Parents with young children should consider adding one more thing to their (never-ending) to-do list: learn more about early social and emotional development.
Social & emotional skills help your child grow up healthy, happy and well-adjusted! Tweet this!
Why is this so important? Social and emotional development begins in the first year of life, so it is strongly affected by a baby’s relationship with parents and caregivers. Social and emotional skills help your child become a healthy, happy, well-adjusted child. By understanding social-emotional development, parents can help children succeed.
What kinds of parenting practices support healthy social-emotional development? Evidence from research shows that kids benefit when parents are sensitive to their child’s emotions. Be responsive to your infant’s cues. Pick her up when she cries, soothe her, and pay attention to what she wants — is it milk or a nap? Get to know your baby’s language through her coos, cries, and other signals.
Similarly, it’s good to respond quickly and in a comforting way when your infant expresses the need for safety, protection, and comfort. Parents’ responses should match their baby’s cues: respond positively to smiles, and use a soothing, calm voice when he or she is crying or fussy.
Support your child’s autonomy, especially as he or she approaches the toddler stage. Children learn by doing. It can be tempting to immediately jump in when your toddler can’t figure out how something works but she’s learning by repetition. Encourage her independence by allowing her to have supervised, but unstructured playtime where she decides what materials to play with and let her figure out on her own that the big pot can’t fit inside the smaller one!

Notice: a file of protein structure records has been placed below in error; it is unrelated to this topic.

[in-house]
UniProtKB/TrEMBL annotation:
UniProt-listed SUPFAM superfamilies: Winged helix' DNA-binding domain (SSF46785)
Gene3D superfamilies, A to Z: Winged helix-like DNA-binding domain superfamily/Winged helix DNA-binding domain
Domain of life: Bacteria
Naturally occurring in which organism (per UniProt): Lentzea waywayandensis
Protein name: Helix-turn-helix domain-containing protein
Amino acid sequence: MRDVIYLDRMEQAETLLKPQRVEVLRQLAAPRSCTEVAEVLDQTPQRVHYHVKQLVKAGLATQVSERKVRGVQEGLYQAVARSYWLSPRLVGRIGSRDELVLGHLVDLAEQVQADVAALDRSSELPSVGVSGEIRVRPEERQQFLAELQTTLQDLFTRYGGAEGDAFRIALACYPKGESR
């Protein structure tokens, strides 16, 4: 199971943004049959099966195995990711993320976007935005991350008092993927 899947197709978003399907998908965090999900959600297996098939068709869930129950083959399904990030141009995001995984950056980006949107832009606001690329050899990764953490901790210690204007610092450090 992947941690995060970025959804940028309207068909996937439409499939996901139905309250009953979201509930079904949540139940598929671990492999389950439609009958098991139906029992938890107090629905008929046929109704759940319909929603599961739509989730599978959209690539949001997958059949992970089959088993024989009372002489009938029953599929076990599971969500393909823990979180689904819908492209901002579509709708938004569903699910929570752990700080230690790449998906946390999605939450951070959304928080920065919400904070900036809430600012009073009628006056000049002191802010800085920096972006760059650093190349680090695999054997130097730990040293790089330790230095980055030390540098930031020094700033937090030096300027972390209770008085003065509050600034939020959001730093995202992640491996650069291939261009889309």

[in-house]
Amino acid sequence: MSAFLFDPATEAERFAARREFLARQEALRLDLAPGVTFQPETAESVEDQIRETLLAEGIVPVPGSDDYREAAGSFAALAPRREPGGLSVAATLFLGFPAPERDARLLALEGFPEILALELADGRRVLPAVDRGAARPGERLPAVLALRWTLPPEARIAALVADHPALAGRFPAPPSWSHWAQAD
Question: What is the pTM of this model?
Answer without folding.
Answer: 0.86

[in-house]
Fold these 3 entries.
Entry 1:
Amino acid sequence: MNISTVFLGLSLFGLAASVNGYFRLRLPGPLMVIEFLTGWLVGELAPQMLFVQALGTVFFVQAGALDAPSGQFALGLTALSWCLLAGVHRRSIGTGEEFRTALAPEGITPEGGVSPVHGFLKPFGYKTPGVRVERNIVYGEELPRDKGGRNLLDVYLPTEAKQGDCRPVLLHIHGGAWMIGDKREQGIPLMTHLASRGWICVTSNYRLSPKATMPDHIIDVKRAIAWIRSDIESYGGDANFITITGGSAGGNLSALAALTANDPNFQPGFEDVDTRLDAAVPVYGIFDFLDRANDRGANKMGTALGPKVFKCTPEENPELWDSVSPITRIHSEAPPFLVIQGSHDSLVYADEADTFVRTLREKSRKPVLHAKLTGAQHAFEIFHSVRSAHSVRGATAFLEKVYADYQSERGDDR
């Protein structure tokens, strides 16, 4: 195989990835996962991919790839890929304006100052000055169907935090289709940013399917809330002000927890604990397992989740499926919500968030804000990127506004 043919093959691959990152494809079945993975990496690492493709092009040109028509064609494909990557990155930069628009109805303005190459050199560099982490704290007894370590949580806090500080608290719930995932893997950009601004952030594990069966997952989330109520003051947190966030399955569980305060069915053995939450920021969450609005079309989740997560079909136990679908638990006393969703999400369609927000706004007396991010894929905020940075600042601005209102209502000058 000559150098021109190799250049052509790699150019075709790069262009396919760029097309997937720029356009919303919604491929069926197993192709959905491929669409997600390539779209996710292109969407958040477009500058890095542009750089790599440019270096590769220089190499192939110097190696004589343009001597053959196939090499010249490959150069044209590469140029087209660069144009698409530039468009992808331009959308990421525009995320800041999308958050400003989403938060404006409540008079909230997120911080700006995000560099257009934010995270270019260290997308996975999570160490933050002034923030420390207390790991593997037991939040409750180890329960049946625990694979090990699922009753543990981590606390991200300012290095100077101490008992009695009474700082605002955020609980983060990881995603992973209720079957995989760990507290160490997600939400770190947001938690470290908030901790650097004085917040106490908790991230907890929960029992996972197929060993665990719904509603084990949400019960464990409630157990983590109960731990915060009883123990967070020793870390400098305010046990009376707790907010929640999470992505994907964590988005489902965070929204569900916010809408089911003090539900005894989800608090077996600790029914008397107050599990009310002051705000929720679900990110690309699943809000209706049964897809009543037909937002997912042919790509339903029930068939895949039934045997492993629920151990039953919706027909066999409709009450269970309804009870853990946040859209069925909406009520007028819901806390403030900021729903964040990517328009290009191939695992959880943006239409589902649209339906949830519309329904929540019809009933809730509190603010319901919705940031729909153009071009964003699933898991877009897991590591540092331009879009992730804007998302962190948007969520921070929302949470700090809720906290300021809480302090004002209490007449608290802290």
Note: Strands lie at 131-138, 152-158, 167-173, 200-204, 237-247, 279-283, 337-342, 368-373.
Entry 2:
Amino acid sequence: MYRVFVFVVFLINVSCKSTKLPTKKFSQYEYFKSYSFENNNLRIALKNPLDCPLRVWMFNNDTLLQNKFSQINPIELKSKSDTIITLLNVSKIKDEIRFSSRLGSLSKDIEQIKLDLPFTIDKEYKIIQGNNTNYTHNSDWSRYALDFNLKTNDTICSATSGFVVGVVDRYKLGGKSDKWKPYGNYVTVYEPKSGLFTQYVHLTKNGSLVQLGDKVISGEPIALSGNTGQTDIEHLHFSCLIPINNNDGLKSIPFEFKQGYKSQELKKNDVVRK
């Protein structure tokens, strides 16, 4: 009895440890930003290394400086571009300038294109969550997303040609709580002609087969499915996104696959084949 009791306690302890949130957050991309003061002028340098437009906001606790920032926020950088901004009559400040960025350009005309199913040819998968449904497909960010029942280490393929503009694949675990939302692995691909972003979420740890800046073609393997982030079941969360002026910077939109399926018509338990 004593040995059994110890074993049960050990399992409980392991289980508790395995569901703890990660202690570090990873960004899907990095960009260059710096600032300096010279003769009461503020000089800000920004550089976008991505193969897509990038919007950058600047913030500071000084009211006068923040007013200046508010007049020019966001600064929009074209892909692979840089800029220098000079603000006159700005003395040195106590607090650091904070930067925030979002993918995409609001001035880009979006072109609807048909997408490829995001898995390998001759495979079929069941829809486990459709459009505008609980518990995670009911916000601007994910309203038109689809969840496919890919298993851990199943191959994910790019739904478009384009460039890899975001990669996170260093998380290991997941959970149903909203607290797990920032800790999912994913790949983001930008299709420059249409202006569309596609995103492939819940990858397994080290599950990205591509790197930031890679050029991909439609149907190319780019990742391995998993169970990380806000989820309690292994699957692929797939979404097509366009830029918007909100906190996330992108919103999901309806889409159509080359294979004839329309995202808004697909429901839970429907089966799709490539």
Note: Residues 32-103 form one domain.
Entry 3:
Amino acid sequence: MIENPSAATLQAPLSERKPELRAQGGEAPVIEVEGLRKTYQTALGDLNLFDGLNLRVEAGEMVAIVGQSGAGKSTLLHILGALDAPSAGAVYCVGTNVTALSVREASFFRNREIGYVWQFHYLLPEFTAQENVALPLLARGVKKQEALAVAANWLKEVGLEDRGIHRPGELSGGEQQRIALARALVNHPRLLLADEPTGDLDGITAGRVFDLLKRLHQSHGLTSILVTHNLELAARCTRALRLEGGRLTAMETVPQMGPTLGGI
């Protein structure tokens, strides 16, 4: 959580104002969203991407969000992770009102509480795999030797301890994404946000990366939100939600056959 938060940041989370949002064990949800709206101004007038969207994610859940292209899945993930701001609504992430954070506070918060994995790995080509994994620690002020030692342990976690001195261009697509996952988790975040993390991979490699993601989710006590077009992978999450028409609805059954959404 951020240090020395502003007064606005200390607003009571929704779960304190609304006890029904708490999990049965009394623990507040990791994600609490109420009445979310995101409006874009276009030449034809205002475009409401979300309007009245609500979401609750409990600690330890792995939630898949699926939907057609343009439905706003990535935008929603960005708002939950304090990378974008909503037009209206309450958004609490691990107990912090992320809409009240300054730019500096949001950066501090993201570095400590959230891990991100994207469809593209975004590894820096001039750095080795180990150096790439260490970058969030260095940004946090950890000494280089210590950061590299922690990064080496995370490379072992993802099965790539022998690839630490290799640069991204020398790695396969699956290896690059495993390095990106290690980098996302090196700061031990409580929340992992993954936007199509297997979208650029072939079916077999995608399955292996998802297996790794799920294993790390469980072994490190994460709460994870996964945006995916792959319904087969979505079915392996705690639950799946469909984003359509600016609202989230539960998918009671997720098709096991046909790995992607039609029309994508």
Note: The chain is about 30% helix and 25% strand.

Provide a stable, supportive environment with daily routines. Set up a consistent bedtime or mealtime routine — for example, every night give your little one a bath, read a book, sing a lullaby and kiss him goodnight. Setting consistent routines will teach your toddler that his environment is safe and predictable, which in turn will help him to develop self-confidence and self-control.
Use constructive strategies (such as explanation and reasoning) when conflicts arise in the toddler years. Research suggests that these promote healthy social and emotional development better than harsher tactics. Be sensitive to your child’s emotions and explain why you’re asking him to behave in a certain way (“I know you’re frustrated but if you eat your dinner now, you won’t have a rumbling stomach when you get into bed”). This helps him understand emotions and provides a foundation for learning about different perspectives in the future.
Helping your kids be comfortable with themselves and capable in their interactions with others sets them off on a path toward success in school, at work, in relationships, and in finding happiness and contentment.
If you resolve to nurture with knowledge, your child will thrive.
Over the next few months, we’ll explore the building blocks of social-emotional health: temperament, attachment, self-regulation and social competence. In the meantime, you can find more information about how to enhance your little one’s social-emotional development here.